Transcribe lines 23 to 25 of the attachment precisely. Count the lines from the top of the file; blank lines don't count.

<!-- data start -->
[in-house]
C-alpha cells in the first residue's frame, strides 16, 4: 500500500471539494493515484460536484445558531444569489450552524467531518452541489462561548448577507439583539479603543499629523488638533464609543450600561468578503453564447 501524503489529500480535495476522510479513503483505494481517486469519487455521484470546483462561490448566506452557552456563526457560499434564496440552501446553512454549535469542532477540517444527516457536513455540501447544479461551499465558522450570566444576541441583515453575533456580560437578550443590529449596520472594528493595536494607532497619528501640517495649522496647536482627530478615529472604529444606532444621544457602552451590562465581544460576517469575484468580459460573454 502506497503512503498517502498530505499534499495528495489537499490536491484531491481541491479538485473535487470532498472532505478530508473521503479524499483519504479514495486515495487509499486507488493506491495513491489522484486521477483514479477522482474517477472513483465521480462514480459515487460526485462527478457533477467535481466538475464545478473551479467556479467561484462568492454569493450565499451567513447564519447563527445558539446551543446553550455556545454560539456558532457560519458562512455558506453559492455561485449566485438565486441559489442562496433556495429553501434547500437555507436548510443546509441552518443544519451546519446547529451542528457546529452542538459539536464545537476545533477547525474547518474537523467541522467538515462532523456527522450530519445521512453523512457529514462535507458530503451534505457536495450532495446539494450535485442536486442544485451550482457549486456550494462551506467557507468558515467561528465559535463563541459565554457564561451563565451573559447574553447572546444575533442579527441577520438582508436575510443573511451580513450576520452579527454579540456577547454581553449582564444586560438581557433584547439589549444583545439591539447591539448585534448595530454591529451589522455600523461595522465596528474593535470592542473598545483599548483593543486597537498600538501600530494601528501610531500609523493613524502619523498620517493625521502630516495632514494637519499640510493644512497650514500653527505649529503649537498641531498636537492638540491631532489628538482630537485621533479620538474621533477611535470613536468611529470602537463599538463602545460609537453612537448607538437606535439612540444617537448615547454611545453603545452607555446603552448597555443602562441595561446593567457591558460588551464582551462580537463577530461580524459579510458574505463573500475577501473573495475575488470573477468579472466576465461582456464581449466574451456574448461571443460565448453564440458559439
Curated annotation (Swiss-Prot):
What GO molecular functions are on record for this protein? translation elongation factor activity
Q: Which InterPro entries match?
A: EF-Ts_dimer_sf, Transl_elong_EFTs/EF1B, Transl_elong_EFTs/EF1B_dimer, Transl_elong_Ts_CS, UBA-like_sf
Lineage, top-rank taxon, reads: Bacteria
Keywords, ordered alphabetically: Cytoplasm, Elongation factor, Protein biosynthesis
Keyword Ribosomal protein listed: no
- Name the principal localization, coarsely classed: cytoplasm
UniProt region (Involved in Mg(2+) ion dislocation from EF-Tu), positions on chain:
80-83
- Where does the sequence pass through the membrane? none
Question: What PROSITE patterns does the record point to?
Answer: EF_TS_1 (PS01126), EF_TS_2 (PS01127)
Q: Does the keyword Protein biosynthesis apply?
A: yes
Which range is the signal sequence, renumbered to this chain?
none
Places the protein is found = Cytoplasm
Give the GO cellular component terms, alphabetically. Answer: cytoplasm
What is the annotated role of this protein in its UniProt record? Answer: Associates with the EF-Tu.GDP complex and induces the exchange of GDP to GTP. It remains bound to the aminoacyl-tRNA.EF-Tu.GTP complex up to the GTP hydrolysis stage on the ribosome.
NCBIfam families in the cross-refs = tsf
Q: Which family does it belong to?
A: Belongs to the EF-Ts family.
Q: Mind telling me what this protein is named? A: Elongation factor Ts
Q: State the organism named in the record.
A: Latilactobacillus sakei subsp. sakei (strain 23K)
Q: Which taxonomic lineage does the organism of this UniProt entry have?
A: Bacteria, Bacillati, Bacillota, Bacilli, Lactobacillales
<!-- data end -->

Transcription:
NCBIfam families in the cross-refs = tsf
Q: Which family does it belong to?
A: Belongs to the EF-Ts family.